The purpose of this website is to introduce machine learning (ML) in an intuitive and ”weird" way with as little discomfort as possible. The links are self-contained and only basic calculus, linear algebra, probability and statistics are needed (background links will be provided for people who are new or need refreshers). Any other prior knowledge will be introduced as we go along.
Artificial intelligence (AI), specifically machine learning, is one of the hottest fields right now, attracting talent from many different crafts. Almost every single executive in industry and academia agree that AI/ML will disrupt every industry and displace more jobs than it creates. Machine learning drives everything we do, from political campaigns to wall street. The time to adapt and learn AI/ML is now!
CS229 (Machine Learning) at Stanford is one of most famous classes in the world, attracting a variety of majors, from polysci to economics to physics. However, there is one issue with Stanford. To a newcomer, all the convoluted math can be pretty daunting. And other resources on the web might not introduce the material in an intuitive enough manner.
This website finds the sweet spot. It presents everything (math included) in an easy to understand way, with "weird" imagery/analogy.
What do I mean by "weird"?
Innovation is combining different ideas to perform better than their predecessors, individually. Richard Feynman said that what makes him great is his ability to represent everything he learns in 5 or 6 different ways. Even the way humans learn is by subconsciously relating new knowledge to existing knowledge.
Weird imagery is the best kind of imagery. It combines various ideas, ranging from Deliberate Practice to The Method of Loci. Weird analogies force you to truly use your imagination. Your smell. Your sight. Your taste buds. Weird imagery put you in a moment that you won't forget, if done properly. Weird analogies, most importantly, force you to truly understand the material.
For instance, if I told you to remember the number 13178458320, could you do it (assuming you have no eidetic memory)? More powerful than mnemonics and rote learning, is to use weird imagery and analogy.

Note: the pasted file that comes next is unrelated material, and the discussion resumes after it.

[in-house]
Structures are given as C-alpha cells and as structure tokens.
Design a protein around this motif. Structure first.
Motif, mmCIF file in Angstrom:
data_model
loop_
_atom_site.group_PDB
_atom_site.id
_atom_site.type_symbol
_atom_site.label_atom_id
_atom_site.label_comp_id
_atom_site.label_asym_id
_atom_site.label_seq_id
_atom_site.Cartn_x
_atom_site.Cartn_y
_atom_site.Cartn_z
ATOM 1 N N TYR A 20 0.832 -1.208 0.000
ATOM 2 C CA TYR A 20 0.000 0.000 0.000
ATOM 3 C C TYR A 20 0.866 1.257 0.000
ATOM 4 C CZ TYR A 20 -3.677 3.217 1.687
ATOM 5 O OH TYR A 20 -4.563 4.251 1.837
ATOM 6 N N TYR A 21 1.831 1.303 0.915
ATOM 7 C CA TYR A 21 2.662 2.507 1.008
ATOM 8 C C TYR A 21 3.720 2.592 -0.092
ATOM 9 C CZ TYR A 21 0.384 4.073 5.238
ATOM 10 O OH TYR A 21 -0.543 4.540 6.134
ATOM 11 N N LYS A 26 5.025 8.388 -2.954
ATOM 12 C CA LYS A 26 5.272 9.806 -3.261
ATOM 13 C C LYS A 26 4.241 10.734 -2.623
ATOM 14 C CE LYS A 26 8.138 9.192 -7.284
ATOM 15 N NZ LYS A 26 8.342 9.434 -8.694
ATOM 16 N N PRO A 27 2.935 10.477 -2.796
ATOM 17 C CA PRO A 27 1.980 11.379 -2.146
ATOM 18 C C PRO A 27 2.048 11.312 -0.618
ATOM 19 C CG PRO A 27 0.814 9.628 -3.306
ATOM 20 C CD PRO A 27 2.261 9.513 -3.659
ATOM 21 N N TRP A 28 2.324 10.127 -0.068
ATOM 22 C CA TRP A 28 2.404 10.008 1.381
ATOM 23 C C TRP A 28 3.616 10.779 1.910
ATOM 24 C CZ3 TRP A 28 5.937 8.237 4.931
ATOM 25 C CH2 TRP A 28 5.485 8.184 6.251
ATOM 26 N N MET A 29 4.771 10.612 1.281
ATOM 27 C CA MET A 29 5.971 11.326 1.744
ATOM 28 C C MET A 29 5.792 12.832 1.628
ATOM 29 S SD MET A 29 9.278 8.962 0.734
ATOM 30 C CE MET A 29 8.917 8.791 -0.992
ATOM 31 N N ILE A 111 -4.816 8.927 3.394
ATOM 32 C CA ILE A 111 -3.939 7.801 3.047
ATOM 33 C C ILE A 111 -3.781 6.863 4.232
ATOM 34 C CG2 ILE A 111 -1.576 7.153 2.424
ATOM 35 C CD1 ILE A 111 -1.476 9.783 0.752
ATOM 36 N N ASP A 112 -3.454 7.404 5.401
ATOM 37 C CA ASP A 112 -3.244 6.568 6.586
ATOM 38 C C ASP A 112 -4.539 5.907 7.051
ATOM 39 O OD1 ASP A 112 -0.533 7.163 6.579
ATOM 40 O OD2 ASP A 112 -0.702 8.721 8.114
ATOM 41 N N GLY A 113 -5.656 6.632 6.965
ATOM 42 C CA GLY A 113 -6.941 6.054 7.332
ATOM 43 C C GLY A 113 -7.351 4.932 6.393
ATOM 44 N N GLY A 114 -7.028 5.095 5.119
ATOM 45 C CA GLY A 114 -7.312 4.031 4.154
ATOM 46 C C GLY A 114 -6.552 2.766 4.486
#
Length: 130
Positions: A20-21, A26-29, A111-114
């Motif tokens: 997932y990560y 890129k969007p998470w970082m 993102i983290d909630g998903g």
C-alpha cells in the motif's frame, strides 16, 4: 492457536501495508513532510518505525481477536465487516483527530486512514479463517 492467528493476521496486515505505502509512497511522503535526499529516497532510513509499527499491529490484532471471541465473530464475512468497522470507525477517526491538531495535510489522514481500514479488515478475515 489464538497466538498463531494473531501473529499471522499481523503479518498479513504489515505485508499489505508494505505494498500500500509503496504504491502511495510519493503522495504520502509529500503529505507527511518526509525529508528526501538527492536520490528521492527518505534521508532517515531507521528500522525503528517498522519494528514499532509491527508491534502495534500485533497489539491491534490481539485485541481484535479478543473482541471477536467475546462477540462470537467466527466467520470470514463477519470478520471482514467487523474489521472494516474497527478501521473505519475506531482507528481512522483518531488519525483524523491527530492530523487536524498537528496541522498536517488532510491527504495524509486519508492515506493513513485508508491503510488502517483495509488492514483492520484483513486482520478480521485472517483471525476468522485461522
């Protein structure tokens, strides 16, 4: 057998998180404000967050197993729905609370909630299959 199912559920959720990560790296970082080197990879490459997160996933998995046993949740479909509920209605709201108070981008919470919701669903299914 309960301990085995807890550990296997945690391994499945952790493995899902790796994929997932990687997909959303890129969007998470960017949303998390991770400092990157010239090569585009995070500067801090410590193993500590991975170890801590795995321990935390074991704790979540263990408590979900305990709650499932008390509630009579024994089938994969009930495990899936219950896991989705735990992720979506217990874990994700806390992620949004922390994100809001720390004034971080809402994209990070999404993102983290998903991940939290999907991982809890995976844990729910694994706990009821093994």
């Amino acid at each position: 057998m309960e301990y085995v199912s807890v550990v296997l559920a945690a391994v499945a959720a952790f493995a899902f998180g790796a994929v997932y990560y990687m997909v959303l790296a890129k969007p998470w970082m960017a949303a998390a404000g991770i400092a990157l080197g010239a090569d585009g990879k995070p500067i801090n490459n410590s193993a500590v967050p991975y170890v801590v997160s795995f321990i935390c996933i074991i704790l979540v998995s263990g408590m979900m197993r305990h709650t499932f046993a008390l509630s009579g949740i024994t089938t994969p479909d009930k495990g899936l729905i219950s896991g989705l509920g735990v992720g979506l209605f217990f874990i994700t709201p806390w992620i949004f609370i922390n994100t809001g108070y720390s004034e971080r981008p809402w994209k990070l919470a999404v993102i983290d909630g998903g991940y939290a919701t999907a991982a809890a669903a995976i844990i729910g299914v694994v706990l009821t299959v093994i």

Read this next section slowly. Take your time thinking through this scenario. Let's break it down to 131-784-583-20.
Imagine you were at your house. You walk through your front door. You smell your house. You hear your Mom acknowledge you.
Right when you walk in, you see three HUGE balloons. The balloons are shaped like 1-3-1. They're gold balloons. They're majestically floating over you, as if they were alive. It smells like helium.
You're surprised as to why there is a 131 balloon by your doorway. You don't recall today being anyone's 131st birthday. So, you walk to your mom in the dining room looking for answers.
When you get to the dining room, your questions don't subtract, they multiply. Things just get weirder. When you get there, you don't see your mom. At least not how you expect. You see the 7-year old version of your mom. After your initial shock, you see your 7-year old mom ate (8) waffles shaped like a four-leaf clover.
You’re utterly confused and petrified. You have no idea what's going on. You begin to panic and believe you are hallucinating. So you walk to your room to take a nap, hoping you will wake up and everything will be back to normal.
When you get to you room, you feel safe. You see something recognizable. You see you dad, a 58-year old man, sitting on your chair, shooting a 3-pointer on the basketball goal in your room. You feel at home again.
Take your time. Truly internalize these scenarios. You get quicker with practice.
Now, just use your regular memory to remember the number 20. This is the end of the sequence.
Wait five minutes…
Can you walk through that sequence in your head to remember the number? If done correctly, it should be pretty easy. A huge 1-3-1 balloon. Your 7-year old mom ate (8) a 4-leaf clover waffle. Your 58-year old dad shooting a 3-pointer in your room. The number 20. 131-784-583-20. Easy!
The analogies have to be weird. Try it over and over. It will be uncomfortable, and you'll feel corny at times, but do it! You'll get quicker and more efficient the more you do it.
After a lot of practice, you’ll see patterns and form analogies subconsciously. Forming analogies like this not only help you remember, but force you to understand a new subject more deeply.
This is the foundation on which I will explain machine learning.